# On mesh intersection robustness and efficiency

Bruno Levy and Wan-Chiu Li and Cedric Borgese. ( 2023 )
in: 2023 {RING} meeting, pages 22, ASGA

## Abstract

In this article, we discuss on mesh intersection, a problem that seems trivial at first sight, but that requires special care in practice, because of numerical precision issues. We present an algorithm that takes an arbitrary soup of triangles and that computes the exact co-refinement, that is, a set of non-intersecting vertices, edges and triangular facets that represent the intersection. The algorithm starts by determining the candidate facet intersection pairs using an axis-aligned bounding-boxes hierarchy. Then, for each pair of triangle, it determines the intersection (that can be a point, a segment, or a polygon in some degenerate cases). Finally, each triangle that contains some intersections is remeshed, using a 2D constrained Delaunay triangulation. To exactly represent the coordinates of the intersections, we use expansions, that are also used in Shewchuk’s predicates. The difference here is that expansions are used to store the coordinates of generated points. Several programming techniques make it possible to use 3D points and vectors with arbitrary-precision coordinates at a reasonable speed. Our constrained Delaunay triangulation uses predicates based on the exact coordinates of the generated points, and symbolic perturbation to ensure the uniqueness of the triangulation.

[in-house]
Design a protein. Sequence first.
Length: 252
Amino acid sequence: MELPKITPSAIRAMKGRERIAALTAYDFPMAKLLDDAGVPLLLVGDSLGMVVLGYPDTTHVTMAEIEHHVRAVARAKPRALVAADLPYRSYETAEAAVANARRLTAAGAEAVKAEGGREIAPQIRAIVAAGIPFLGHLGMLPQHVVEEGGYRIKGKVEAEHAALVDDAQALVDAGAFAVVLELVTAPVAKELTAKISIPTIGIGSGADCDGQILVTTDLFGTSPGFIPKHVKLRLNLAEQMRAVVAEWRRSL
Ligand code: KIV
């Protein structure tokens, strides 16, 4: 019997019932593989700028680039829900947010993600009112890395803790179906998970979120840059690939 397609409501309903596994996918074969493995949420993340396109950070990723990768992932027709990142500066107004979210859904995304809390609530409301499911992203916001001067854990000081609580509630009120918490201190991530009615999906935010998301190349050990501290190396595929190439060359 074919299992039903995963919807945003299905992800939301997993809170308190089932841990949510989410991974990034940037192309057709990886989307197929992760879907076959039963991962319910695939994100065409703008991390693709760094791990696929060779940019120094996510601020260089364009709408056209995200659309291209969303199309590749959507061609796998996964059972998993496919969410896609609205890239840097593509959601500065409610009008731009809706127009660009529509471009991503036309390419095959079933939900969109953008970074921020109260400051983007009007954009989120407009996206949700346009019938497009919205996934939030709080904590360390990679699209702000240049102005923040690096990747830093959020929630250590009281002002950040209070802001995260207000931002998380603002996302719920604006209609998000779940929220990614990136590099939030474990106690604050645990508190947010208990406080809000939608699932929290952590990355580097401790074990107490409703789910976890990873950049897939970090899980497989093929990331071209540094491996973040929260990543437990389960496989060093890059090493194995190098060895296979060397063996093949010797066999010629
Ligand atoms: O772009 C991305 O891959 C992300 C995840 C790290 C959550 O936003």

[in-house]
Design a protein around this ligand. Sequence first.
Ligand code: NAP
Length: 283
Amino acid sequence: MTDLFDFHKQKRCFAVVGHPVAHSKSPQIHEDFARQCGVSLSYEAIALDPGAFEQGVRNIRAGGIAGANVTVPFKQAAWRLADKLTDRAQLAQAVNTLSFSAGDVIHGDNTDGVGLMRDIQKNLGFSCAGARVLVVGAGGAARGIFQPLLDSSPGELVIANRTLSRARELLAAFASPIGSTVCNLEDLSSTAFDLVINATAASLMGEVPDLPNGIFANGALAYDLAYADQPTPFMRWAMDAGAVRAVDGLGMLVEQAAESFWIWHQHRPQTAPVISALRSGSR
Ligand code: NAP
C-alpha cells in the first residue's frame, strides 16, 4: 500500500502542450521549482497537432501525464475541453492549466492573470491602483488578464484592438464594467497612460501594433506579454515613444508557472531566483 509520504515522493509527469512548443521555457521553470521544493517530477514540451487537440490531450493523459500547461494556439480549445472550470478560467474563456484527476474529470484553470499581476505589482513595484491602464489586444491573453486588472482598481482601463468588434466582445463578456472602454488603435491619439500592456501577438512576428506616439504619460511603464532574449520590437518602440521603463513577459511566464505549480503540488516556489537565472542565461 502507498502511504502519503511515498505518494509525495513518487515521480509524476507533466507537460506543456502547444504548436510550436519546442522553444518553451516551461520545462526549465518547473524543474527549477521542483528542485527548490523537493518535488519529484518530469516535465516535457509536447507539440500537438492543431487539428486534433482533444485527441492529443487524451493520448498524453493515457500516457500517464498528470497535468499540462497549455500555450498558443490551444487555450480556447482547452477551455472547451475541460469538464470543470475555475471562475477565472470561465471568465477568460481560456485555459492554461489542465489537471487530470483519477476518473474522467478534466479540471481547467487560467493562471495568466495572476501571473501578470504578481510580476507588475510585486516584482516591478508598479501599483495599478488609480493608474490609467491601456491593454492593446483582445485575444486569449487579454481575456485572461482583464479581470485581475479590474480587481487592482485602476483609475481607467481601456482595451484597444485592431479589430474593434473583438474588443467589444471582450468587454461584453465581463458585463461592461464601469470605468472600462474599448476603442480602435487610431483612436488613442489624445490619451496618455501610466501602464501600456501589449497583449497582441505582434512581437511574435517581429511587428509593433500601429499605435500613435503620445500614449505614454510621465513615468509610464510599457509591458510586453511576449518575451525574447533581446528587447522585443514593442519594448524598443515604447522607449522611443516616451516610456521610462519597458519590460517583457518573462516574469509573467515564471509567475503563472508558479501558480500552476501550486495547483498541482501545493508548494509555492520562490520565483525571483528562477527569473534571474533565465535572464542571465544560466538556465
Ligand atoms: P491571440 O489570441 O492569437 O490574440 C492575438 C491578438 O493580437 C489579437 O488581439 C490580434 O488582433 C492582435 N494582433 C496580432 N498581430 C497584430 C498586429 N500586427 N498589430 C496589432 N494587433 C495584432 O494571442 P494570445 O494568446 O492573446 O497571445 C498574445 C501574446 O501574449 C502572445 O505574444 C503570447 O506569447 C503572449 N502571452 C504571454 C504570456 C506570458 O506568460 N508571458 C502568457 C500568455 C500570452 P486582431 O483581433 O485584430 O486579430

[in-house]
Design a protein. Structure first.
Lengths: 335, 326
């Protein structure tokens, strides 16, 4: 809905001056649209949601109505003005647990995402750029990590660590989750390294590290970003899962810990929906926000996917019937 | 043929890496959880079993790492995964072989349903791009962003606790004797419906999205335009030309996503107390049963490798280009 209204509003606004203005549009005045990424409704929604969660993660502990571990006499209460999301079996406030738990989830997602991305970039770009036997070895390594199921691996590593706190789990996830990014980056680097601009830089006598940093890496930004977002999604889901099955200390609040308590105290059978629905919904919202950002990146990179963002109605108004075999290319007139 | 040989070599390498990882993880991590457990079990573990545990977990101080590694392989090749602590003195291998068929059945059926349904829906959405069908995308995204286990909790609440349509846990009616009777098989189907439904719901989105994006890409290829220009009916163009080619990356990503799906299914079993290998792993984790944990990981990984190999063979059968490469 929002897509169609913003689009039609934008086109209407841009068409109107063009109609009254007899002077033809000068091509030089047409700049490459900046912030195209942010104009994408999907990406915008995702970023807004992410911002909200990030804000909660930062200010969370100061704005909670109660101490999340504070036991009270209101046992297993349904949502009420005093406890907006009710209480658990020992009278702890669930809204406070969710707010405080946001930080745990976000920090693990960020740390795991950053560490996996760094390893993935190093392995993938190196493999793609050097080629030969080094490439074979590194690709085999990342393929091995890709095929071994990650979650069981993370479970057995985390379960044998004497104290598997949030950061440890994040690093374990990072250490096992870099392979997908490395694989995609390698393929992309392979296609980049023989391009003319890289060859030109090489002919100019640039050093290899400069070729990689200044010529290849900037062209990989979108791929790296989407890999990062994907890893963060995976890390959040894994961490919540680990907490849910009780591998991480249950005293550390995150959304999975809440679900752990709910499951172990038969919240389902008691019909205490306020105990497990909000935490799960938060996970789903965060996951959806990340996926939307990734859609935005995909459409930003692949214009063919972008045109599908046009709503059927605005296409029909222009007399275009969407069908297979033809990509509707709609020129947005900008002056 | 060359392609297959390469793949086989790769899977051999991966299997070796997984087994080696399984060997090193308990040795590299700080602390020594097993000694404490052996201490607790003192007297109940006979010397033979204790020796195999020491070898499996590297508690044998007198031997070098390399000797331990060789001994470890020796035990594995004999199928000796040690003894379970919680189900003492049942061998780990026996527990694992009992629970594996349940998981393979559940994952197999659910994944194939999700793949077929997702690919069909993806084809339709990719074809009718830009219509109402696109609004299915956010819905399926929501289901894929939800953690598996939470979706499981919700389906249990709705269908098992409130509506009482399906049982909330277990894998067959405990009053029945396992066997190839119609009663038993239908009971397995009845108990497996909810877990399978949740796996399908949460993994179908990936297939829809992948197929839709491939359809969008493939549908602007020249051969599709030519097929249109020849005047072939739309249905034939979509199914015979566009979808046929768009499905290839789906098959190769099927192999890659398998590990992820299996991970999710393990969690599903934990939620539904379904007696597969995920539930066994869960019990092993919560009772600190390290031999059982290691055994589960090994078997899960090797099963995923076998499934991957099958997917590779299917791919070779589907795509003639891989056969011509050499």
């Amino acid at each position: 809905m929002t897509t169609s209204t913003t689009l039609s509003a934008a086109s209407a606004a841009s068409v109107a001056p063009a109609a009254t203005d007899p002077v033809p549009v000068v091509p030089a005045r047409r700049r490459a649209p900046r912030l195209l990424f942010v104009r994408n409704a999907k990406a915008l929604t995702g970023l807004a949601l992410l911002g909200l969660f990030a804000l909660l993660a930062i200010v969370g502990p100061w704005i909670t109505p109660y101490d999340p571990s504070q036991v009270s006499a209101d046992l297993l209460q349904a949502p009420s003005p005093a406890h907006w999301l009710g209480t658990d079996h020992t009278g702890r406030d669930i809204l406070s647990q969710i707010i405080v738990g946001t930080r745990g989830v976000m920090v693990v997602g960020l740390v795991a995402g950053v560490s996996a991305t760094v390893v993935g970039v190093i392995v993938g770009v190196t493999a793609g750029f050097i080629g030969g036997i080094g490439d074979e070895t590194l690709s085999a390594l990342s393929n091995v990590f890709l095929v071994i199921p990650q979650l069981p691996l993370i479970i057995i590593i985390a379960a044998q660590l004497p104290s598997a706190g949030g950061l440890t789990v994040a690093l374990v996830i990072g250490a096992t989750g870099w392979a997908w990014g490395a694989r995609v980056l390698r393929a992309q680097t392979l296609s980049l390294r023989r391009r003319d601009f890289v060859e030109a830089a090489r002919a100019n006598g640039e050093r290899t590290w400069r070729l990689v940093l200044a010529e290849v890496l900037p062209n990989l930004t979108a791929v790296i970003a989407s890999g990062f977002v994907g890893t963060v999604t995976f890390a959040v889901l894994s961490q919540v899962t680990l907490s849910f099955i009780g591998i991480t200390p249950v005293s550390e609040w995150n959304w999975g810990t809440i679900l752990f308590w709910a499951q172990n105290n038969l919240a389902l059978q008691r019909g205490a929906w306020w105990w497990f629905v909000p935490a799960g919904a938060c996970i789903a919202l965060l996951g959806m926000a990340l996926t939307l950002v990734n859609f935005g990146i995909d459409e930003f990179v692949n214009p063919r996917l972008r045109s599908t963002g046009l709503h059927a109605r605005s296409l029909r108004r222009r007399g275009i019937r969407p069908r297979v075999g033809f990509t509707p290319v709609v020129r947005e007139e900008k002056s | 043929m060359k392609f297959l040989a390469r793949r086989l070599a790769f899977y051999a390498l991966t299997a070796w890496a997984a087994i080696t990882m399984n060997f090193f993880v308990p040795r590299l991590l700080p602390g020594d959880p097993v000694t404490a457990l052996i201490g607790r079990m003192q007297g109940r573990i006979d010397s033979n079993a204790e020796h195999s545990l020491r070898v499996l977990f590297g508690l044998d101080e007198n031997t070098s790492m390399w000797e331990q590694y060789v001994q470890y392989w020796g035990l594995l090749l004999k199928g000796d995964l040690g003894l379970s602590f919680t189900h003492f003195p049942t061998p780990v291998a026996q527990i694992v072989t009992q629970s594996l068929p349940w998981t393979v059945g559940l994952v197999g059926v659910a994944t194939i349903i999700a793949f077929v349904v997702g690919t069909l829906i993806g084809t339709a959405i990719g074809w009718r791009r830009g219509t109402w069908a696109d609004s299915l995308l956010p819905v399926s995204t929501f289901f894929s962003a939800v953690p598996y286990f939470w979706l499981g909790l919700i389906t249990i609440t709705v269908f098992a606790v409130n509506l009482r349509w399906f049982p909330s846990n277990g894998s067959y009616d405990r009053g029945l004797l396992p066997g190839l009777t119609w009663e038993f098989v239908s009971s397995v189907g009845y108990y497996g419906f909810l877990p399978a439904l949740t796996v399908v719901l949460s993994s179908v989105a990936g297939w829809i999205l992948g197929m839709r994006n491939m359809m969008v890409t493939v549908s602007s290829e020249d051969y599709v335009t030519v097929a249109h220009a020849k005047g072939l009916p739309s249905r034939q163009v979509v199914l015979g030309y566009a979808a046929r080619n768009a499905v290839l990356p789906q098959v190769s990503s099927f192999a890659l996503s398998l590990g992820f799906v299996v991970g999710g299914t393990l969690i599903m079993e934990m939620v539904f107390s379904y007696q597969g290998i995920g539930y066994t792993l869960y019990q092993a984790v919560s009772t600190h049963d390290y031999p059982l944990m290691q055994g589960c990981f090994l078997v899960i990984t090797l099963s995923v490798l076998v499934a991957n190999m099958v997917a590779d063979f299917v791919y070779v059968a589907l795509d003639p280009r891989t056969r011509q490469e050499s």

## BibTeX Reference

```@inproceedings{levy_mesh_RM2023,
abstract = {In this article, we discuss on mesh intersection, a problem that seems trivial at first sight, but that requires special care in practice, because of numerical precision issues. We present an algorithm that takes an arbitrary soup of triangles and that computes the exact co-refinement, that is, a set of non-intersecting vertices, edges and triangular facets that represent the intersection. The algorithm starts by determining the candidate facet intersection pairs using an axis-aligned bounding-boxes hierarchy. Then, for each pair of triangle, it determines the intersection (that can be a point, a segment, or a polygon in some degenerate cases). Finally, each triangle that contains some intersections is remeshed, using a 2D constrained Delaunay triangulation. To exactly represent the coordinates of the intersections, we use expansions, that are also used in Shewchuk’s predicates. The difference here is that expansions are used to store the coordinates of generated points. Several programming techniques make it possible to use 3D points and vectors with arbitrary-precision coordinates at a reasonable speed. Our constrained Delaunay triangulation uses predicates based on the exact coordinates of the generated points, and symbolic perturbation to ensure the uniqueness of the triangulation.},
author = {Levy, Bruno and Li, Wan-Chiu and Borgese, Cedric},
booktitle = {2023 {RING} meeting},
language = {en},
pages = {22},
publisher = {ASGA},
title = {On mesh intersection robustness and efficiency},
year = {2023}
}
```